However, his playing time has dropped off steadily in the two years since and he played in just nine games last season with only one start. He became the victim of a numbers crunch in a crowded and talented Kansas City defensive backfield, which will be bolstered this year by the return of Phillip Gaines from an ACL tear of his own and the arrival of rookie KeiVarae Russell out of Notre Dame. There was simply no room on the roster for Cooper, who was likely to be cut. So the Cardinals used a conditional pick to give themselves first priority on grabbing him.

In joining Arizona, Cooper goes from one talented defensive backfield to another. The Cardinals cornerback corps are lead by one of the league’s best, Patrick Peterson and Arizona seems intent on starting rookie third round pick Brandon Williams alongside him. Cooper is likely also behind incumbent Justin Bethel on the depth chart but behind Bethel is a slew of rookies he’ll be competing with for a spot.

Both the Chiefs and Cardinals should be among the best defenses in the NFL in 2016, thanks in large part to their defensive backs, so it’s a lateral move for Cooper, one that also gives him a better opportunity, Arizona some depth and gives Kansas City an asset for the future, a rare win-win-win trade.


NFL rosters must be trimmed to 53 players by 4 p.m. ET on Saturday and that means the axe is dropping around the league, starting with some major decisions by teams on Friday to cut some notable names.

The Chiefs were also among those teams, cutting quarterback Aaron Murray, a 2014 fifth round pick out of Georgia, who was once thought to be a starting caliber prospect. However, the writing was on the wall for Murray after KC drafted Kevin Hogan and signed Nick Foles.

A slightly more surprising cut was made by the Buffalo Bills, who despite being sapped of their defensive depth by injuries and suspensions over the last several weeks, still decided to part ways with linebacker Manny Lawson. The 32-year-old was among those suspended players, though his ban was just for one game. Lawson is a 10-year veteran with 24.5 sacks under his belt and can likely help some team, though his best years are far in his rearview mirror.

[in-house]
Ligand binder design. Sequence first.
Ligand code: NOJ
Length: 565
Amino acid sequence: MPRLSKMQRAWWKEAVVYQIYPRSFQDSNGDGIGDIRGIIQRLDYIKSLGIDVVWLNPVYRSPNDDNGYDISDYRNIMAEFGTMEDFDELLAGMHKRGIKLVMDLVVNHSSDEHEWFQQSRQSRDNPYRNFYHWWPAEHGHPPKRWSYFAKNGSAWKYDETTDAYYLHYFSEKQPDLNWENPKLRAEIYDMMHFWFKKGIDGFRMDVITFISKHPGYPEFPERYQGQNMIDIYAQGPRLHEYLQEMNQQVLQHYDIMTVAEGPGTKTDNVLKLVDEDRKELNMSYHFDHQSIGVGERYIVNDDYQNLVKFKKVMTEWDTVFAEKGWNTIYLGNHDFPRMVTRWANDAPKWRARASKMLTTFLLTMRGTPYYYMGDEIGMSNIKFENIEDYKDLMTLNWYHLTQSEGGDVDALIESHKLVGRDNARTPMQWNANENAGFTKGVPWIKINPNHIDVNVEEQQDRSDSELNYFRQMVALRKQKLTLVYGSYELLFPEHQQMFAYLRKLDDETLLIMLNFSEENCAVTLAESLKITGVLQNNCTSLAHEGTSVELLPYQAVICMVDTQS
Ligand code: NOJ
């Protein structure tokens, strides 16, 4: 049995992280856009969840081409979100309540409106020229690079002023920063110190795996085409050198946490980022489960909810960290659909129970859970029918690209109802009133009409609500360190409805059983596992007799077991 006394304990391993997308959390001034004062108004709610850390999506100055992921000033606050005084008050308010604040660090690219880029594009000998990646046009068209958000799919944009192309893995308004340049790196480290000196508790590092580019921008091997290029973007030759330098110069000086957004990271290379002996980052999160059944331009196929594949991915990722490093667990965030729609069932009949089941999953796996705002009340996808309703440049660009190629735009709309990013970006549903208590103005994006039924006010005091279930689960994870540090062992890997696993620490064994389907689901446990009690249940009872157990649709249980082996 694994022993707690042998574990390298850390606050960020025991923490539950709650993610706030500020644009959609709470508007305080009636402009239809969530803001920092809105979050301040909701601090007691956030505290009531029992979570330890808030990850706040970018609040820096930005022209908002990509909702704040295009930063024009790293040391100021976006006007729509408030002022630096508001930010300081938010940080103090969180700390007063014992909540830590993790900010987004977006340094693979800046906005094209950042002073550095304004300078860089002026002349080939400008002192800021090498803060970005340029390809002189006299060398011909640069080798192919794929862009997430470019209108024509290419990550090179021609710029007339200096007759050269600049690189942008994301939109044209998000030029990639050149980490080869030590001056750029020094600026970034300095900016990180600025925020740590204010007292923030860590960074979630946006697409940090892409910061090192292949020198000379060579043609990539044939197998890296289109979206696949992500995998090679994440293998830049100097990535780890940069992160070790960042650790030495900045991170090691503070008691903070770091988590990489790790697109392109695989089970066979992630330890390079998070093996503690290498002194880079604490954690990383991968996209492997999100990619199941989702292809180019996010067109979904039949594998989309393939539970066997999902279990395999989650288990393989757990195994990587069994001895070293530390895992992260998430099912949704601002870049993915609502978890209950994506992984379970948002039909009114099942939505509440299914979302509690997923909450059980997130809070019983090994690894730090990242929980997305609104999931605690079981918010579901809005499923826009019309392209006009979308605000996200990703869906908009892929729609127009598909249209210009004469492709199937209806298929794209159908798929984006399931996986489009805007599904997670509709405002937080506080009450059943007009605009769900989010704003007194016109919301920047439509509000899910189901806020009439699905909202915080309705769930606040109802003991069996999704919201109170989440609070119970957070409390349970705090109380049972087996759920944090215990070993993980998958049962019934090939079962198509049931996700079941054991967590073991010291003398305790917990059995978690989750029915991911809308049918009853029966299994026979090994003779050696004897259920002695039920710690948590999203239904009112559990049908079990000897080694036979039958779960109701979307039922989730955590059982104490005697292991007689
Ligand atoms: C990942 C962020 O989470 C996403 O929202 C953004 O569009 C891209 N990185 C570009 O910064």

Down in Tennessee, the Titans confirmed the turnover of their backfield by releasing veteran running back Dexter McCluster and 2014 second round pick Bishop Sankey. The latter was once thought to be the running back of the future in Tennessee, but that never materialized and was part of a woeful Titans ground attack over the last two seasons that forced the team to reboot at the position by trading for DeMarco Murray and drafting Derrick Henry this offseason. Tennessee also cut wide receiver Justin Hunter, a 2013 second round pick, paving the way for Andre Johnson to play for his third AFC South team in as many years.

Over in Carolina, the Panthers have been planning a youth movement at cornerback in the wake of Josh Norman’s departure this offseason, but one of the players expected to step in, fifth round pick Zack Sanchez, out of Oklahoma, was issued his walking papers on Friday. Sanchez was third on Carolina’s depth chart at cornerback entering the final preseason game, so the move is a bit of a shock. It now looks as though second rounder James Bradberry and third rounder Daryl Worley will be in the second and third spots, with veteran depth behind them.

Other notable names cut loose on Friday include Seahawks guard Jahri Evans, Cardinals cornerback Chris Clemons and Redskins tight end Logan Paulsen. There are plenty more where those came from to come throughout the day Saturday, as teams begin in earnest to get their rosters ready for the season.

About Devon Jeffreys

Devon Jeffreys